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First Known Use of parole

Noun

1531, in the meaning defined at sense 1

Verb

1776, in the meaning defined above

History and Etymology for parole

Noun

French, speech, parole, from Middle French, from Late Latin parabola speech — more at parable

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Time Traveler for parole

Time Traveler

The first known use of parole was in 1531

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Statistics for parole

Last Updated

28 May 2020

Cite this Entry

“Parole.” Merriam-Webster.com Dictionary, Merriam-Webster, https://www.merriam-webster.com/dictionary/parole. Accessed 2 Jun. 2020.

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More Definitions for parole

parole

noun
How to pronounce parole (audio)

English Language Learners Definition of parole

 (Entry 1 of 2)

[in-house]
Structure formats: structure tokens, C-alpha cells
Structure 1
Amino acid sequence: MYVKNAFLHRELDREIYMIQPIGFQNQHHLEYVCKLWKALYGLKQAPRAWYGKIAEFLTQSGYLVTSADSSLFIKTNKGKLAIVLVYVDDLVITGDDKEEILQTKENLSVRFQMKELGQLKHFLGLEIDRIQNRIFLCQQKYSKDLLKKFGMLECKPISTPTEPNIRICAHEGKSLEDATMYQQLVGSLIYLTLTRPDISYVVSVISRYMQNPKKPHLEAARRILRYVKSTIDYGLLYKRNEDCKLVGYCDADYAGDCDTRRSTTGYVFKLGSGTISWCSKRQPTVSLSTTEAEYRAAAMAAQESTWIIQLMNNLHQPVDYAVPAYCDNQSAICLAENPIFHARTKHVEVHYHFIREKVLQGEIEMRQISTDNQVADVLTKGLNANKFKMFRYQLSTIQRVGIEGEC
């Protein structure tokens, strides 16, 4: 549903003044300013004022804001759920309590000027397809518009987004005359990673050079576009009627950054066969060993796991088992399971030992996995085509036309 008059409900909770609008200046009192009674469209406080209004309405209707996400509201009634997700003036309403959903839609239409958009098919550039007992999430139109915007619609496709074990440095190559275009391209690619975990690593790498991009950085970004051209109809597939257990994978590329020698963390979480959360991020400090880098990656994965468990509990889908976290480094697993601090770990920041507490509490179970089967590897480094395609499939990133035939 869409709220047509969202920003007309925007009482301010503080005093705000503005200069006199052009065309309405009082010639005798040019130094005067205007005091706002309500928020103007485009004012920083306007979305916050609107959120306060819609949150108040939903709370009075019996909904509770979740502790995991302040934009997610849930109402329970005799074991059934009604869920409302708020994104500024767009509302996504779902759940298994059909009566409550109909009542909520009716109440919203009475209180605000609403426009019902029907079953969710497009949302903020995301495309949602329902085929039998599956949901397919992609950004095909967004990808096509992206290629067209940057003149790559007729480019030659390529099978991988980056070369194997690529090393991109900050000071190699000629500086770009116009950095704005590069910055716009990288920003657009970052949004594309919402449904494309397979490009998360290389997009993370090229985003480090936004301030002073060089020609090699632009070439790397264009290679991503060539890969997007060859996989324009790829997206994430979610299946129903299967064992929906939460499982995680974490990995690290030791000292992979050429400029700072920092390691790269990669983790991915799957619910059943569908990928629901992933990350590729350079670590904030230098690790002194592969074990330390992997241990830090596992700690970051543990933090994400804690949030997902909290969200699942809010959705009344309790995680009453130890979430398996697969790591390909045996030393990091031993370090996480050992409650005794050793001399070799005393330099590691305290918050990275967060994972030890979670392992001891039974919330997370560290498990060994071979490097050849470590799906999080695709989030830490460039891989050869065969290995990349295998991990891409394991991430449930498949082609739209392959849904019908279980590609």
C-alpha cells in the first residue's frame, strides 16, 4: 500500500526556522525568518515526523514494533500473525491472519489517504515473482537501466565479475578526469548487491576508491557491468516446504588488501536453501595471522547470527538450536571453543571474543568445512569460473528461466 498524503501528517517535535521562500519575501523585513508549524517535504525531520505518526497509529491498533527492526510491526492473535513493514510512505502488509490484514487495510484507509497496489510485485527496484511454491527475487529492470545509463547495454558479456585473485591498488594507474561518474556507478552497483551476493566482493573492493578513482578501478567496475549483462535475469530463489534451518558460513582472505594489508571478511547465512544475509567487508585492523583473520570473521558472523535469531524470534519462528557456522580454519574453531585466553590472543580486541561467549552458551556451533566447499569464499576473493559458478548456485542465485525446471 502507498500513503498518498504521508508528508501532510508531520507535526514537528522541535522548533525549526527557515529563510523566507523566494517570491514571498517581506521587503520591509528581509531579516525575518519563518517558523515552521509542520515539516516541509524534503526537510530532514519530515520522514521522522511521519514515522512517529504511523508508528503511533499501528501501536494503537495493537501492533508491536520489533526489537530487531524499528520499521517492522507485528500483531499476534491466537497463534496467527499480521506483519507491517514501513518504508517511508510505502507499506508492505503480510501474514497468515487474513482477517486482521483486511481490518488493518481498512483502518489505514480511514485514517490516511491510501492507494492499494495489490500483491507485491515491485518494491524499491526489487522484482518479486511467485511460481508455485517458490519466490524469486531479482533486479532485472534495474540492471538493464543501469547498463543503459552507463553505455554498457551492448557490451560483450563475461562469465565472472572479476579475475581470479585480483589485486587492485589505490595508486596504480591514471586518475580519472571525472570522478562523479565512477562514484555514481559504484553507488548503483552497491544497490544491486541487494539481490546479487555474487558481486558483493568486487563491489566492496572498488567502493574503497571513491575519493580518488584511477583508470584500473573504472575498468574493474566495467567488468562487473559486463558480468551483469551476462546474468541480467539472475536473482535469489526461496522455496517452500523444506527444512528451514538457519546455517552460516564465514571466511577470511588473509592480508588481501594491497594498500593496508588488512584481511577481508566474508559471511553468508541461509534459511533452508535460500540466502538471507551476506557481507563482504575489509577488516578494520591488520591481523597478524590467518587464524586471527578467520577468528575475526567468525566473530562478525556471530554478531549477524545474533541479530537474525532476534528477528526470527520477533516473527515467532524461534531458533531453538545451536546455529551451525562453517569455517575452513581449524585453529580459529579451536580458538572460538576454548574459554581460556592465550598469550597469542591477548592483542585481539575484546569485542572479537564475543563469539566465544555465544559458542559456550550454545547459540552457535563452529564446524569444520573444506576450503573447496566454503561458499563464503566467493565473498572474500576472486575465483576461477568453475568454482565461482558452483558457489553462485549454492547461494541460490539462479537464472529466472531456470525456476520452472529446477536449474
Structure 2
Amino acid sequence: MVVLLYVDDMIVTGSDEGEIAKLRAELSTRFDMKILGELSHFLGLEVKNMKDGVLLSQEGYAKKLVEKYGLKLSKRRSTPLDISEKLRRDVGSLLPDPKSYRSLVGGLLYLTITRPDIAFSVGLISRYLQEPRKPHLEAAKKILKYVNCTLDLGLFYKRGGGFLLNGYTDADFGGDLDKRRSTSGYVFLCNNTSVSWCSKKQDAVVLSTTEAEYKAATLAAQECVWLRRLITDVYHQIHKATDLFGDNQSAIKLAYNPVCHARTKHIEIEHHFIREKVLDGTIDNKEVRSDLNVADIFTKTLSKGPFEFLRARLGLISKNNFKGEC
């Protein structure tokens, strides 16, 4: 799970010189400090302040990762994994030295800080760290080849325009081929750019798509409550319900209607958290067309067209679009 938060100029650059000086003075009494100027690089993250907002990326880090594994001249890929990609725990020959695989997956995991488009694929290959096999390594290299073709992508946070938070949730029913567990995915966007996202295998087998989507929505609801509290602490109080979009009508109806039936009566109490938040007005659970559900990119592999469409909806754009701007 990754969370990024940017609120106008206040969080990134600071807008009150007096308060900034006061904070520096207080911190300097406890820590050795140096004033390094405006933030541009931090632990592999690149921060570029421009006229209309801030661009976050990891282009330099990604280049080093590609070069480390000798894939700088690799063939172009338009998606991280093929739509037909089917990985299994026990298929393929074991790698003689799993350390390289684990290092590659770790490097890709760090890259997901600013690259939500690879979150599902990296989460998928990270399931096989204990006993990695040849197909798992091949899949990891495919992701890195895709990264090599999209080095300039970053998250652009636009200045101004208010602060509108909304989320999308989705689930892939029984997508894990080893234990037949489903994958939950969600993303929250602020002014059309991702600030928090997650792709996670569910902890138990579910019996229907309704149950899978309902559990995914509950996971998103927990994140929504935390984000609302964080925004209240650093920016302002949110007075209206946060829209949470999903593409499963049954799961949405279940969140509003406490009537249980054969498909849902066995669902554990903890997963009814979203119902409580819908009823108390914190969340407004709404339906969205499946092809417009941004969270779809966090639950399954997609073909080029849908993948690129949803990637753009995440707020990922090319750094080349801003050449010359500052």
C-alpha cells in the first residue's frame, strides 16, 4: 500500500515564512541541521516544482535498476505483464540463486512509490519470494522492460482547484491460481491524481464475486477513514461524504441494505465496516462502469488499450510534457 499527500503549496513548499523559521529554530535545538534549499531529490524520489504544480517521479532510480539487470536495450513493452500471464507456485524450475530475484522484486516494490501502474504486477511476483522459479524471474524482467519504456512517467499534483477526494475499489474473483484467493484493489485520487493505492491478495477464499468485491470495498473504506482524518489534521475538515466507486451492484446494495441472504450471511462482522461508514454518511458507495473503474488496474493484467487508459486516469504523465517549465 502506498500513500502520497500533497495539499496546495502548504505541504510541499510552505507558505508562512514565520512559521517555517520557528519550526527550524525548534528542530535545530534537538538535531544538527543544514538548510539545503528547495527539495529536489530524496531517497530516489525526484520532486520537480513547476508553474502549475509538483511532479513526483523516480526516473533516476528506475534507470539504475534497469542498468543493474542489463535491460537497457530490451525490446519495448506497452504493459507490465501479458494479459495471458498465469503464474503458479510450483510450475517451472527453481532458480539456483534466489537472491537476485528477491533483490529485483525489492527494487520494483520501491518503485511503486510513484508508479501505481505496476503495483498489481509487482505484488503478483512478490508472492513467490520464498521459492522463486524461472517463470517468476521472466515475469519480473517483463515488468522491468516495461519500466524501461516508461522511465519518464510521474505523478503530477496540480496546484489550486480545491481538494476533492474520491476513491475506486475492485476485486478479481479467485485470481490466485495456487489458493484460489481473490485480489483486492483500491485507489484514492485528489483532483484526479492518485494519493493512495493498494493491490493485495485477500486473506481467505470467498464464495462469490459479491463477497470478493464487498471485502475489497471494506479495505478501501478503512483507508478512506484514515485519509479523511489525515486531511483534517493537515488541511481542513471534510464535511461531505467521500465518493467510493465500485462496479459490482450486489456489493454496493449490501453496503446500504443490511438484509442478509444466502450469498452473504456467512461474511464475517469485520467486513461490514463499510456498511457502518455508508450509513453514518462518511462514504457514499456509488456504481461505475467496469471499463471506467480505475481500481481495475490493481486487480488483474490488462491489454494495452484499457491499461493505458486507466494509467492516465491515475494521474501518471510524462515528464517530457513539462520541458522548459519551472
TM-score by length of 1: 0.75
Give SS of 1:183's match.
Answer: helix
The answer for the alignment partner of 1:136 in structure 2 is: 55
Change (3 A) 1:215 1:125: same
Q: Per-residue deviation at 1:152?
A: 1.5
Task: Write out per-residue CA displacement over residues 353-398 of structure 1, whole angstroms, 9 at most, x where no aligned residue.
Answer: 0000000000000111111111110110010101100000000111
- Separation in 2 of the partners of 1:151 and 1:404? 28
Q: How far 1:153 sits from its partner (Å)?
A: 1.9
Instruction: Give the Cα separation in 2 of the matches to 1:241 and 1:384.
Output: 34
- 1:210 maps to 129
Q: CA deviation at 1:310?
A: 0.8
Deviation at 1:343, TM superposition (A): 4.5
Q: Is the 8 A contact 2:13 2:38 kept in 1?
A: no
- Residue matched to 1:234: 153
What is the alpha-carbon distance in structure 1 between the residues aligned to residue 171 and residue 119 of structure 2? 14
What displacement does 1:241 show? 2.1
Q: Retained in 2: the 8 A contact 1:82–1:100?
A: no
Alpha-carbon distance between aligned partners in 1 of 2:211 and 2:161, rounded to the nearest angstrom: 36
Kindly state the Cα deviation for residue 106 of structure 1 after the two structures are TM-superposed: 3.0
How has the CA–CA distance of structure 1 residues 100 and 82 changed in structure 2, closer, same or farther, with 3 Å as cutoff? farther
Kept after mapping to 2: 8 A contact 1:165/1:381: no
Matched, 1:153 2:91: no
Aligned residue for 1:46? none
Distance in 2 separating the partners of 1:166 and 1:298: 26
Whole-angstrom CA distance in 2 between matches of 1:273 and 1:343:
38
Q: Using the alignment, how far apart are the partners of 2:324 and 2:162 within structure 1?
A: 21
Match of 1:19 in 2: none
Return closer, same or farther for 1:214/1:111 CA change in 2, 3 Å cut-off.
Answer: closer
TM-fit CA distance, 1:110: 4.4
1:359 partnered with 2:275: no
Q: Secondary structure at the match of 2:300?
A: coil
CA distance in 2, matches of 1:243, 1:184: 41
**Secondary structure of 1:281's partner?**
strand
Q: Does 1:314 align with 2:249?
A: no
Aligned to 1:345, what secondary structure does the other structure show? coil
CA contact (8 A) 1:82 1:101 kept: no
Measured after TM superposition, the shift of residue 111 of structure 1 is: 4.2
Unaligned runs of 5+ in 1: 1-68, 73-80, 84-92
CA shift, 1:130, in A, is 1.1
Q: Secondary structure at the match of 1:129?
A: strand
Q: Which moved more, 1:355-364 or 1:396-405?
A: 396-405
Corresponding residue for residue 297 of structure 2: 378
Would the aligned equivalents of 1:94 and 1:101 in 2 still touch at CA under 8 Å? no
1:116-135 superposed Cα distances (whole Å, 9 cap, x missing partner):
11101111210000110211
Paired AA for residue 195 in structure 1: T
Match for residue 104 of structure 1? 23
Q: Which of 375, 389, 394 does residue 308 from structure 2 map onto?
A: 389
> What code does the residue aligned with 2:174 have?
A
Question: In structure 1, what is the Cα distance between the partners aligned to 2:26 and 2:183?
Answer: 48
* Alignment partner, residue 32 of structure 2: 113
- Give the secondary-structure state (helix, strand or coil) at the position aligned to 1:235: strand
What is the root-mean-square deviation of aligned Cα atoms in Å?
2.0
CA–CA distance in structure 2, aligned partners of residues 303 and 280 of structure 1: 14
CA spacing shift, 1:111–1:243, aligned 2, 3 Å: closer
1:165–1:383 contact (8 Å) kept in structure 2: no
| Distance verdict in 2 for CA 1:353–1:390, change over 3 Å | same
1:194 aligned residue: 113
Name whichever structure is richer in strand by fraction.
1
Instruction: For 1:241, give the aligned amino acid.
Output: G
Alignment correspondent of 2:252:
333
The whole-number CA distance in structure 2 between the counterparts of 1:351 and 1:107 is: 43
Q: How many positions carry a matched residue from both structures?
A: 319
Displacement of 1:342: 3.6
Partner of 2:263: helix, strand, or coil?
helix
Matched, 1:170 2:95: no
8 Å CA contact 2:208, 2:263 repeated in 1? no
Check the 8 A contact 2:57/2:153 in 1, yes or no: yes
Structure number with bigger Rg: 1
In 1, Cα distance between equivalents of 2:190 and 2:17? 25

: permission given to a prisoner to leave prison before the end of a sentence usually as a reward for behaving well

parole

verb

English Language Learners Definition of parole (Entry 2 of 2)

: to release (a prisoner) on parole

parole

noun
pa·​role | \ pə-ˈrōl How to pronounce parole (audio) \

Kids Definition of parole

: an early release of a prisoner

parole

noun
pa·​role | \ pə-ˈrōl How to pronounce parole (audio) \

Medical Definition of parole

: a conditional release given to a psychiatric patient in a hospital before discharge enabling the patient to visit freely various designated areas on the hospital grounds or beyond its limits

Other Words from parole

parolable adjective
parole transitive verb paroled; paroling

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parole

noun
pa·​role | \ pə-ˈrōl How to pronounce parole (audio) \

Legal Definition of parole

: a conditional release of a prisoner who has served part of a sentence and who remains under the control of and in the legal custody of a parole authority — compare probation

History and Etymology for parole

Old French, speech, word, prisoner's word of honor to fulfill stated conditions, from Late Latin parabola speech, parable, from Greek parabolē comparison

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Comments on parole